(part 2 of 2) Cloud is not a new topic. This nebulous buzzword has been with us since the mid-2000s, and the idea behind it goes back even further. Today, it is considered indispensable for digital transformation. So, one might think that it is no longer a mystery. But, misconceptions and pitfalls are common when working in the Public Cloud. What are the most common myths around the Cloud? Find out in part 2 of our blog.
The most common myths about the public cloud (part 2 of 2)
(You can find part 1 here)
5. The cloud runs by itself! I can save staff
The cloud gives you many benefits thanks to automation. You can automate a lot of things at infrastructure level, such as deployment and patching, using a variety of tools. The operation of your infrastructure and applications is still your responsibility and this should be monitored for error-free functioning. You need staff to do this. This means that the focus of your staff is changing, it needs new expertise to help your team learn how to handle new infrastructure and services. What is actually shown by the degree of automation in practice, however, is a saving effect in terms of overtime. Your administrator will thank you. Classics such as power tests are no longer used.
6. After I migrate to the cloud, I lose track of my costs
Unlike the purchase of physical servers, the cost of the cloud is often calculated according to consumption ("Pay as you go"). If you don't keep an eye on them, you may end up with an unpleasant surprise. The most common overspends are caused by unused resources or improper sizing, but the cloud offers the advantage of flexible scaling according to current needs. You should also take advantage of this.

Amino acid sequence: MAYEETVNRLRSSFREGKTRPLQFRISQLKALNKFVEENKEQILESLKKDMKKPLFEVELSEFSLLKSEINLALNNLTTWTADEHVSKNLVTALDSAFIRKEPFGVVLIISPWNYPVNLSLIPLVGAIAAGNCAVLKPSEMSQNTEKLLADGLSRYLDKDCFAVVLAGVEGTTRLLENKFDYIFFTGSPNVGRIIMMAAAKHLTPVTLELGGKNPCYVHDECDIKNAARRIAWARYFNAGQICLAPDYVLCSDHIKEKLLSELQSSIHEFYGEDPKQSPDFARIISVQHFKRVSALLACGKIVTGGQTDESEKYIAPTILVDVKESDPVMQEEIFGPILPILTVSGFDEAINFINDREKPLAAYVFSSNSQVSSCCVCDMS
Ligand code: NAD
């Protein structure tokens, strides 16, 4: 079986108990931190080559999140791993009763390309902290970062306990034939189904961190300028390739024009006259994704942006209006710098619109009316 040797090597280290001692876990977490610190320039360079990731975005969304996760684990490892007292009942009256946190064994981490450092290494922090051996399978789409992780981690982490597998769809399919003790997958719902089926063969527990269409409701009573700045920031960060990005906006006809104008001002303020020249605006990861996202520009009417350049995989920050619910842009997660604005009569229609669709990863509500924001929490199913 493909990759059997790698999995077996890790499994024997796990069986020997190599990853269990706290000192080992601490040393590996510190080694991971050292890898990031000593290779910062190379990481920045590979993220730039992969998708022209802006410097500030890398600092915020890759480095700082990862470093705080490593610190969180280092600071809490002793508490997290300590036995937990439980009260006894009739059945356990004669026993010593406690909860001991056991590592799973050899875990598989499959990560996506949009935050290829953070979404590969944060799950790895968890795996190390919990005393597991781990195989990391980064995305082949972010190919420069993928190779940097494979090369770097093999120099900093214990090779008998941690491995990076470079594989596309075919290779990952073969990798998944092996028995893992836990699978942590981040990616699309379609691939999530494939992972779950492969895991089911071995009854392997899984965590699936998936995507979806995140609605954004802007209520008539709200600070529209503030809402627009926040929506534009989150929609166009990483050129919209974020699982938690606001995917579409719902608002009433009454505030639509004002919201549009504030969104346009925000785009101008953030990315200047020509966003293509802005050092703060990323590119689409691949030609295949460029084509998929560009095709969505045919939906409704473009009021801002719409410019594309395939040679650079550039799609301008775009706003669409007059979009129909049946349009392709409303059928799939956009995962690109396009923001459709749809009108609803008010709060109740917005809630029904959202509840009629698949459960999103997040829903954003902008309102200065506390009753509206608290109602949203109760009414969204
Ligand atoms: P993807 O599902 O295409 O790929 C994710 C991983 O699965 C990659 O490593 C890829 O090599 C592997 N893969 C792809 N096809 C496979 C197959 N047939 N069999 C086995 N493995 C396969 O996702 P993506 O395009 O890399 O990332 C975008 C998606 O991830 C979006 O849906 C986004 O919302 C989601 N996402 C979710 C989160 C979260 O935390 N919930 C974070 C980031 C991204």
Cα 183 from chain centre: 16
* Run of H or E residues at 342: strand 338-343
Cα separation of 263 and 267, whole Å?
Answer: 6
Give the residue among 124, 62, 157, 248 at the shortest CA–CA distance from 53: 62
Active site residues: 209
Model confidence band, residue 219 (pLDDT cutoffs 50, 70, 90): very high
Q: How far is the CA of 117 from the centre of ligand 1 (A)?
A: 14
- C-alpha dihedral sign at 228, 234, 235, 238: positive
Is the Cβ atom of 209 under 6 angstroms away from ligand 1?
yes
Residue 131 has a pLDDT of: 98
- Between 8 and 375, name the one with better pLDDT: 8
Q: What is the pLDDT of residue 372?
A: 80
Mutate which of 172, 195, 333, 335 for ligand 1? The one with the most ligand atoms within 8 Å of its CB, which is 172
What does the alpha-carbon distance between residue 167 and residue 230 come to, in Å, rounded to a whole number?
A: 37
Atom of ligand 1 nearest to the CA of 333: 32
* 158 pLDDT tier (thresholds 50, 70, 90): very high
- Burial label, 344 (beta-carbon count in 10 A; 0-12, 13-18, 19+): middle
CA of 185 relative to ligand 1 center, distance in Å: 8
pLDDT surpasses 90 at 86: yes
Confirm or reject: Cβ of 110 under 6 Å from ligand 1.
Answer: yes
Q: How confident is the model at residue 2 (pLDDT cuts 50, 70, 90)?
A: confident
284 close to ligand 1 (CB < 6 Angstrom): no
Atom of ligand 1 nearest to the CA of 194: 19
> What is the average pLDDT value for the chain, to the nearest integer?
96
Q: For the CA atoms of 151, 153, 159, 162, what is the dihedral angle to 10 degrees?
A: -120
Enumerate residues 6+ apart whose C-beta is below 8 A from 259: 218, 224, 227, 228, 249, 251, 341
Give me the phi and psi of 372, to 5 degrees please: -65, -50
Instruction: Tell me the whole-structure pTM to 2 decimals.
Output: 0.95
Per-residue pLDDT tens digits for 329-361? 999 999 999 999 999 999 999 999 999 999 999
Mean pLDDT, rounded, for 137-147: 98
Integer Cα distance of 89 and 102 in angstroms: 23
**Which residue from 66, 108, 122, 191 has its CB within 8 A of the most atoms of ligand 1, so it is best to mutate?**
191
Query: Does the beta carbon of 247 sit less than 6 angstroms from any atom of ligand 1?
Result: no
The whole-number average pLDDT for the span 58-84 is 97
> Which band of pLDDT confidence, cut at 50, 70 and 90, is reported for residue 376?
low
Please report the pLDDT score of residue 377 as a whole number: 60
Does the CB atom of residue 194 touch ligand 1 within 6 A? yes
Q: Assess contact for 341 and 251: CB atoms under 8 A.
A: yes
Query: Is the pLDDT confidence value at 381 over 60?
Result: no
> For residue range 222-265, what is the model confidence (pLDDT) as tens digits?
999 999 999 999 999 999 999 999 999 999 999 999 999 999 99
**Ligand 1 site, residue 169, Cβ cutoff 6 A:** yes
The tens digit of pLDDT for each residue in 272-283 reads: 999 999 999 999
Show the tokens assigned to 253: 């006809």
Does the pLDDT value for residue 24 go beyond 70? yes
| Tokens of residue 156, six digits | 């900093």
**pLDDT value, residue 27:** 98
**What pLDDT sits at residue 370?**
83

The best way to do this is to establish processes within the framework of cost management that regularly check your costs and uncover potential savings. The large hyperscalers offer various tools for their services. You can use pre-built or custom reports to view your usage behaviour, get recommendations for more favourable configurations, and even set a budget that must not be exceeded.
For vendor-independent considerations, especially for multi-cloud scenarios, various so-called cloud spend optimisation tools now exist, which take over the comparison between the cloud providers for you and always highlight the most cost-effective offer. You have your current costs in view at all times. For example, if you have a subscription to both Azure and AWS, use these tools to learn where it's currently cheaper to deploy your new service. But they also make unused resources and potential savings visible during ongoing operations.
Our recommendation to you: do not step into a cost trap, let us advise you.
7. Microsoft Office 365, these are Office applications in the cloud that I can only use online!
Microsoft Office 365 is a cloud-based suite that encompasses much more than the traditional office applications we know, such as Microsoft Word, Excel, PowerPoint, Outlook and OneNote. With applications such as Exchange Online, SharePoint Online, OneDrive for Business, Skype for Business, Microsoft Teams, Yammer and much more, we are now talking about so-called productivity services.
In addition to the online application, however, Microsoft Office 365 comes with the benefits of user-based licensing, easy installation from the cloud, and a regular automatic update by Microsoft. That is, you can install the Office desktop applications on your local device as before so that they are available to you even if you want to work offline. You can save your data either in the cloud or on-premises.
Keep in mind, however, that you only rent the services, even if you use them locally through an installation. Conversely, this means that you are denied individual configurations, and Microsoft retains control. Especially for applications such as Teams that are becoming increasingly important these days, you should look individually at how you can still protect your data and ensure compliance through more restrictive usage rights.